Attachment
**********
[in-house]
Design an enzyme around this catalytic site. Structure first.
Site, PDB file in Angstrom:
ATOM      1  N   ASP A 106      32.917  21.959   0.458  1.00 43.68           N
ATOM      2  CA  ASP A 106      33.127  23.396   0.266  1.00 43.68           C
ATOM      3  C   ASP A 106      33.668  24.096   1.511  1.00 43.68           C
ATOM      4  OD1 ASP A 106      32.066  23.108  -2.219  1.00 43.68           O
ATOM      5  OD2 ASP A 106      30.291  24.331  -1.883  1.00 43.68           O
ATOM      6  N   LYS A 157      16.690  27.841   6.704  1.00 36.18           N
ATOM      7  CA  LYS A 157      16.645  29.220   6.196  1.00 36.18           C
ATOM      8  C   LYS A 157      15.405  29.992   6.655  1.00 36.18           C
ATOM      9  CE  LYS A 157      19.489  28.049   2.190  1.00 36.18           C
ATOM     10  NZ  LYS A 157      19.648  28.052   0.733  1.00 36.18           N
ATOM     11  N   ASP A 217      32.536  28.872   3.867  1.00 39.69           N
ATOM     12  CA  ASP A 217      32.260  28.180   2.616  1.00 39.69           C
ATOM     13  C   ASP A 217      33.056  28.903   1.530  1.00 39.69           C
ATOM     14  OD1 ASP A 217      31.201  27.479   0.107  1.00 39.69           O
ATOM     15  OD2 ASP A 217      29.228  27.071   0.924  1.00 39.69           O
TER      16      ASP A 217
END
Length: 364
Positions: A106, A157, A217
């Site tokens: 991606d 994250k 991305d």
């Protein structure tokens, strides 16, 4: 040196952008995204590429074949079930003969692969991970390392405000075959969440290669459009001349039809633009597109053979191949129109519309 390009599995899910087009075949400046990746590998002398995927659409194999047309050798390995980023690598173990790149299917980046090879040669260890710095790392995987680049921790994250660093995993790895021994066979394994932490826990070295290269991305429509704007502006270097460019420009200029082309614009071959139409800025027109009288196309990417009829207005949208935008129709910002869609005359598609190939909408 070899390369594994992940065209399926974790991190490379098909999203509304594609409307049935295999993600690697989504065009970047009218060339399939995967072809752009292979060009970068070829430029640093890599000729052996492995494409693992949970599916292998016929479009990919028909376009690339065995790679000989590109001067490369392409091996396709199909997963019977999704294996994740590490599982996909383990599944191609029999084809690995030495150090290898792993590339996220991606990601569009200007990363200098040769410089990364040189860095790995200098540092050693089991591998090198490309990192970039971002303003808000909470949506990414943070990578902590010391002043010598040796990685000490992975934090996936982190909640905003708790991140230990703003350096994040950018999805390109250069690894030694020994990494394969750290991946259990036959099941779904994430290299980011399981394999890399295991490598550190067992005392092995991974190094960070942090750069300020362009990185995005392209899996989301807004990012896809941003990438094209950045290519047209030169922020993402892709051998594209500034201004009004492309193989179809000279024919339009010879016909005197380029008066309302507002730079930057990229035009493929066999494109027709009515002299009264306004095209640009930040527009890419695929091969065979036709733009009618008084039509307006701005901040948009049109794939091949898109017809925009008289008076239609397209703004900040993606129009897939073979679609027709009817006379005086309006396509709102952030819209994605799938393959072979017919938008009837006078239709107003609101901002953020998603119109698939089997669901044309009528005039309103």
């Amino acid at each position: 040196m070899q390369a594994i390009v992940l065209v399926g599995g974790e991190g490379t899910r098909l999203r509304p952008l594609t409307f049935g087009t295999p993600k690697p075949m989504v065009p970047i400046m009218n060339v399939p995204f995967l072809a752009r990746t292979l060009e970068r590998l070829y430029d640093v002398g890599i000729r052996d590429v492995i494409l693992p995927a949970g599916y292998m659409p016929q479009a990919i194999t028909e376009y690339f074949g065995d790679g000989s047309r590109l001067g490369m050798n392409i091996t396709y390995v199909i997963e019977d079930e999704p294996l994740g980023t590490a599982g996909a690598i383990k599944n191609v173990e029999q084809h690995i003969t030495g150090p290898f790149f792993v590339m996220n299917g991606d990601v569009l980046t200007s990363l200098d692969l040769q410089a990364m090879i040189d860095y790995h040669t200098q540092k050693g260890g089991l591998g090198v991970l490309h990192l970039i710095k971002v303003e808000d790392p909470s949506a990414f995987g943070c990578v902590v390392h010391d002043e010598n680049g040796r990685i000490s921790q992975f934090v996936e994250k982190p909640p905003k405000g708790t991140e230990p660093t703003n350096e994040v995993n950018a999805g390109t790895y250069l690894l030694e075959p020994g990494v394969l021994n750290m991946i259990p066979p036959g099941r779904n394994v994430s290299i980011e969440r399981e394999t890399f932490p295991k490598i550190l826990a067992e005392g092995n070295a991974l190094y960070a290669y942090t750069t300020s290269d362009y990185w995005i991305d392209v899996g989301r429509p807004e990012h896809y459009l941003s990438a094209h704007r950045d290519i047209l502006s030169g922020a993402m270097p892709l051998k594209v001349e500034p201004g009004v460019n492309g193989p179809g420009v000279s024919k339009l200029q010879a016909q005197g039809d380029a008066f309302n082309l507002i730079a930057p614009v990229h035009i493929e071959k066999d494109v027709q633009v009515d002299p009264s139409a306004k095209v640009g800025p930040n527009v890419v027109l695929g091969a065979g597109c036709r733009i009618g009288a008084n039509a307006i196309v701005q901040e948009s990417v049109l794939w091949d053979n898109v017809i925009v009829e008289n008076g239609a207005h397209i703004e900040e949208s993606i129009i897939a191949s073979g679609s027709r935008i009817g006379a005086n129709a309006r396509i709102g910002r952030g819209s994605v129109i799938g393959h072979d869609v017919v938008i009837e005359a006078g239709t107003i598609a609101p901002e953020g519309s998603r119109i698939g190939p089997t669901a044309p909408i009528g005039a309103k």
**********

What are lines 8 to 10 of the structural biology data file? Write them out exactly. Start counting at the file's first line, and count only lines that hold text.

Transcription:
ATOM      5  OD2 ASP A 106      30.291  24.331  -1.883  1.00 43.68           O
ATOM      6  N   LYS A 157      16.690  27.841   6.704  1.00 36.18           N
ATOM      7  CA  LYS A 157      16.645  29.220   6.196  1.00 36.18           C